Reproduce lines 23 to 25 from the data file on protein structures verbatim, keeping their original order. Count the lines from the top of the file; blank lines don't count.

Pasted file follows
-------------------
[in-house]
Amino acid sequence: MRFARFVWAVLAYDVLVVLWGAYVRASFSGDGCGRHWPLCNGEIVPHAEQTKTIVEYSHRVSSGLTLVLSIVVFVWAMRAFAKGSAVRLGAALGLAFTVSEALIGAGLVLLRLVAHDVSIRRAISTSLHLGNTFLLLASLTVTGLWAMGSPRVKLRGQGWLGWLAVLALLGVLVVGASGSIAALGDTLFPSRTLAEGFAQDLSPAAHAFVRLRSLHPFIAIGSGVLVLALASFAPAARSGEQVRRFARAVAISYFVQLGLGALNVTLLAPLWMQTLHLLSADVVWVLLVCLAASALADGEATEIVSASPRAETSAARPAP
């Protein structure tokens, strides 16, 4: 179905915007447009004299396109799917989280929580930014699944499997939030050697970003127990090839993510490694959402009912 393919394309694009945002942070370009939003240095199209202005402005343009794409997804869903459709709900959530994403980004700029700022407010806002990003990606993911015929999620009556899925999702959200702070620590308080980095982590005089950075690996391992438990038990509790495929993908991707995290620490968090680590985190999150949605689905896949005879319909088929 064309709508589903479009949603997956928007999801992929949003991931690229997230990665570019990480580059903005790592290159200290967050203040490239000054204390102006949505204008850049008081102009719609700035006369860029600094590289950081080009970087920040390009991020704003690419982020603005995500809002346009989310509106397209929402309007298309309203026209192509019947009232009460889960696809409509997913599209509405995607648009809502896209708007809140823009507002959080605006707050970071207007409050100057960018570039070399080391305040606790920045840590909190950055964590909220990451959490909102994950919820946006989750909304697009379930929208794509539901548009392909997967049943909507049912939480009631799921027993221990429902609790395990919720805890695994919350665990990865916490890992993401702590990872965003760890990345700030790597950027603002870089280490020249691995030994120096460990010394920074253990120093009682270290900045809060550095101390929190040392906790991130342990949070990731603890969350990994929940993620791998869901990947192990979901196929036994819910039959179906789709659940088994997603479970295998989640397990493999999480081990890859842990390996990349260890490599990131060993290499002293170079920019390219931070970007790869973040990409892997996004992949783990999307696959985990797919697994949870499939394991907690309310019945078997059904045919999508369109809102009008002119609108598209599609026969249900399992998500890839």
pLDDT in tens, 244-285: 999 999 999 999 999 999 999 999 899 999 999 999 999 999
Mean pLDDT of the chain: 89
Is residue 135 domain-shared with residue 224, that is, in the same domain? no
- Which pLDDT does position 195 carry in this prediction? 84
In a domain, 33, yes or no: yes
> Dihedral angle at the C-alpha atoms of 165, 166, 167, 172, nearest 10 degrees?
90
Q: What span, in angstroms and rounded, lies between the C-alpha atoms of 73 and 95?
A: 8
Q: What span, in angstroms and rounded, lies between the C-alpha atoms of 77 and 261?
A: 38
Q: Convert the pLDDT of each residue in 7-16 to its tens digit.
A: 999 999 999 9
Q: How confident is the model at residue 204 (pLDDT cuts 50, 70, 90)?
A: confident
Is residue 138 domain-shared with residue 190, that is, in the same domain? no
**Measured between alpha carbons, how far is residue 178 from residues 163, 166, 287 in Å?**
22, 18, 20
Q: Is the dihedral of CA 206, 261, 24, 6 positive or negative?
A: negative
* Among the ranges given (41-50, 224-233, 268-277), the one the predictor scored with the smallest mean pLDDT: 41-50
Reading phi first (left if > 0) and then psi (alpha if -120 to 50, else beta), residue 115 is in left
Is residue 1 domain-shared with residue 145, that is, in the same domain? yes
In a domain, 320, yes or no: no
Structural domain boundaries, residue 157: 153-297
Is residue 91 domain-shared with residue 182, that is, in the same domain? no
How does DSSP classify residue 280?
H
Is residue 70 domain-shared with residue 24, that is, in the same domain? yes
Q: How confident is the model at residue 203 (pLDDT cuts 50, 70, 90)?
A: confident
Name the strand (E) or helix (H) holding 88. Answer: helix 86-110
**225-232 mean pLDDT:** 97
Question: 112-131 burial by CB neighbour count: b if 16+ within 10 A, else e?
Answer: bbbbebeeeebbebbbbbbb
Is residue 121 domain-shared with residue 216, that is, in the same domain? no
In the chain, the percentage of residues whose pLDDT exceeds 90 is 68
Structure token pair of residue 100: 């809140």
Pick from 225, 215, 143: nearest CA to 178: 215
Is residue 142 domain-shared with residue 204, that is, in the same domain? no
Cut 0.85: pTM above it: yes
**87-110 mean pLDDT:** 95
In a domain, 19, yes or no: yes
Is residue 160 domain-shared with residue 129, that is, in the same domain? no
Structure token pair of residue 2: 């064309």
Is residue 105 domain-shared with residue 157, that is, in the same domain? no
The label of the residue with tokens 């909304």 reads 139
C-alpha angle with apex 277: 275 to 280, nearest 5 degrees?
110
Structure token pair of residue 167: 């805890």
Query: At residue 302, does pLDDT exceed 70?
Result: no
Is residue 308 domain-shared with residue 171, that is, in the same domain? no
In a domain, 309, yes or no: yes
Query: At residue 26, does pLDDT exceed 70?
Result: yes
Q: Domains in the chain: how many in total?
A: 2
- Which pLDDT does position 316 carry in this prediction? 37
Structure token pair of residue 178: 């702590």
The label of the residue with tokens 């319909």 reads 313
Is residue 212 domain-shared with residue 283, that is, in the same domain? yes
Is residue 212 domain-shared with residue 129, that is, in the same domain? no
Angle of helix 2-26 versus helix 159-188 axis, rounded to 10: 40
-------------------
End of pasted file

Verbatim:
A: negative
* Among the ranges given (41-50, 224-233, 268-277), the one the predictor scored with the smallest mean pLDDT: 41-50
Reading phi first (left if > 0) and then psi (alpha if -120 to 50, else beta), residue 115 is in left